Let’s look at the top two chronic diseases, obesity and diabetes, that seem to predispose to an unfavorable outcome to infection with SARS-Cov-2, and the chemical pollutants that strongly contribute to them.

Since 85 percent of diabetics are overweight or obese, and 30 percent of overweight/obese people have type 2 diabetes, these two underlying conditions alone interact to make Americans particularly susceptible to Covid-19 and its complications.

Obesity

According to a paper in pre-review entitledFactors associated with hospitalization and critical illness among 4,103 patients with COVID-19 disease in New York City” doctors at NYU Langone Health center conducted the largest study so far of US hospital admissions for COVID-19. They found obesity was the biggest deciding factor in hospital admissions, which may suggest the role of hyper-inflammatory reactions that we see with the disease.

“The chronic condition with the strongest association with critical illness was obesity, with a substantially higher odds ratio than any cardiovascular or pulmonary disease,” writes lead author Christopher M. Petrilli of the NYU Grossman School.

Obesity, defined as a BMI over 30, has been rising along with the overall chemical production in this country. The commonly held causes of obesity-overeating and inactivity-do not explain the current obesity epidemic. 

Obesogens

The term obesogen is now applied to certain Endocrine Disrupting Chemicals (EDCs) that cause weight gain. EDCs are used to describe chemicals that act like hormones on the body, and in extremely tiny doses just like our own hormones.  Two classes of the biggest obesogens that are ubiquitous in our environment are bisphenols and phthalates, found commonly in many of the consumer products that we use and are exposed to every single day.

Bisphenols

The bisphenol family contains bisphenol A, which due to widespread concern about its negative health impacts has also been partially replaced by bisphenols S, F, and AF, which unfortunately have about the same problems as the chemical compound they are replacing.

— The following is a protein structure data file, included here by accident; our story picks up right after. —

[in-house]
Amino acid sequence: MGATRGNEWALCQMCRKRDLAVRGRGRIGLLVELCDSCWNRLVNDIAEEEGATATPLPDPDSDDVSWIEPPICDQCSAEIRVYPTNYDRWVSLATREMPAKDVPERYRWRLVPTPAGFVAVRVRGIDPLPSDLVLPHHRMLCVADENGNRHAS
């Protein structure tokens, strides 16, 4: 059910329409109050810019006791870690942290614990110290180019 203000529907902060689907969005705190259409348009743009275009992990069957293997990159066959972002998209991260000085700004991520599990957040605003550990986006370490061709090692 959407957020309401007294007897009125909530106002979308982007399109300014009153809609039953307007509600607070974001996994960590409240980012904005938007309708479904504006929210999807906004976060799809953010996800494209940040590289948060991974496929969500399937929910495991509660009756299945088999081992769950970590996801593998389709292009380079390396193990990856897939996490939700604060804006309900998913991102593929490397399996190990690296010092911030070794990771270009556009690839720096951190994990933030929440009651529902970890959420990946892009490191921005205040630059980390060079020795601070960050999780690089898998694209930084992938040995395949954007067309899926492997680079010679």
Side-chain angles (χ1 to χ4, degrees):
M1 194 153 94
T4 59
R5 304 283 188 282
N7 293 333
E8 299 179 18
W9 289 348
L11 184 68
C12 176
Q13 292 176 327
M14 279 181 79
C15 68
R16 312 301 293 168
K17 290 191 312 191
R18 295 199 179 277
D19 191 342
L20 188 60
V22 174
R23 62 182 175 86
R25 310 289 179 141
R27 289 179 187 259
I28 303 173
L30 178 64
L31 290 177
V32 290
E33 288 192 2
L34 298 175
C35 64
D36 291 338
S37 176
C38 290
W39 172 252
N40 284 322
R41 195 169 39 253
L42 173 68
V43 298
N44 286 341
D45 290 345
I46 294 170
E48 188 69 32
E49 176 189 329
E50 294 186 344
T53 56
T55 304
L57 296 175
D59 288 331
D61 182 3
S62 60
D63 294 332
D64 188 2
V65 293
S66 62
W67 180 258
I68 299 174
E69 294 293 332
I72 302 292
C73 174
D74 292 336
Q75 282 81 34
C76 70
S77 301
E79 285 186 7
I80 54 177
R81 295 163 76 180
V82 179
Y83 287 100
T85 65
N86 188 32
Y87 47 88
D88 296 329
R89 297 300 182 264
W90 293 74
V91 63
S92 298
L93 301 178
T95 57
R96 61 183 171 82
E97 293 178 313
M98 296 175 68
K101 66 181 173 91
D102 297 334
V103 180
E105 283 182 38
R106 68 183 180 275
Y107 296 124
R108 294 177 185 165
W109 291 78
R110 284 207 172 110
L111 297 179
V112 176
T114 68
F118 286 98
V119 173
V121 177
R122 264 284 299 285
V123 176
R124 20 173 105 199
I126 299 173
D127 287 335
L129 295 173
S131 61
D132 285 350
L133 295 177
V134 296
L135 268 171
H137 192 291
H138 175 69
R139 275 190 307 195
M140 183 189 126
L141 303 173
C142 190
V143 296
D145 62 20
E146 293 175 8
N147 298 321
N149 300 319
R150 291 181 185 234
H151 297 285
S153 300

The bisphenols family, consisting of BPA, BPF, BPAF and BPS, is present in 95% of Americans according to NHANES data from 2013-2014. Specifically, BPA was found in 95.7%, BPS in 89.4%, and BPF in 66.5% of U.S. participants.

Bisphenols are high-volume industrial chemicals found in products containing polycarbonates (food and water containers) and epoxy resins such as found in canned goods.  Over 5 million tons are produced globally annually. They are commonly found in canned foods, thermal receipts, and food contact materials, but they will never be listed on the label.

Currently many products are available that will claim on their label that they are BPA-free, but this may mean that a regrettable substitution such as BPS may have been used instead, which leads to roughly the same health complaints.

Bisphenol A and its metabolites cross the placenta and have been found in amniotic fluid, fetal tissue, and cord blood.  Fetuses and newborns have a limited ability to metabolize BPA and instances of negative pre- and post-natal effects associated with elevated BPA levels have been found.

Fetal exposures to BPA at levels equivalent to, or below the established daily human safe-dose (50µg BPA/kg body weight/day) not only increase body weight and postnatal growth rate, but also alter body composition in later life.

In adults participating in the 2003-2006 NHANES trial, those with urinary BPA in the second quartile and above, had increased rates of obesity. This means that a full 75% of the adults measured in that time frame had an increased rate of obesity, with the adults in the second quartile having an 85% greater risk!

In a recent meta-analysis published in 2020, BPA was found in all urine samples collected from both sexes and found to be significantly associated with obesity.

Phthalates

The phthalates chemical family also has also been found to promote obesity.

These are never listed on the label and so you need to know where they hide. Phthalates are comprised of a family of low molecular weight phthalates used primarily in fragrances and nail polish, and a family of high molecular weight phthalates used in plastics.  95% of Diethyl-hexyl phthalate (DEHP) is used in polyvinyl chloride (PVC).  DEHP makes up 30% of PVC which can be found in plastics, flooring, shower curtains, adhesives, raincoats, hoses, IV tubing, and toys.  Phthalates are not closely bound to the underlying material and migrate into the air and leach into whatever they touch. They are absorbed through skin from personal care products that contain them, and also through ambient air.

The low molecular weight phthalate diethyl phthalate (DEP) is found in 71% of cosmetics tested and 100% of fragrances tested.

The low molecular weight phthalate dibutyl phthalate (DBP) is found in 67% of nail polish.

Phthalates are present in indoor dust samples, blood, urine, breast milk, sweat, and cord blood of infants.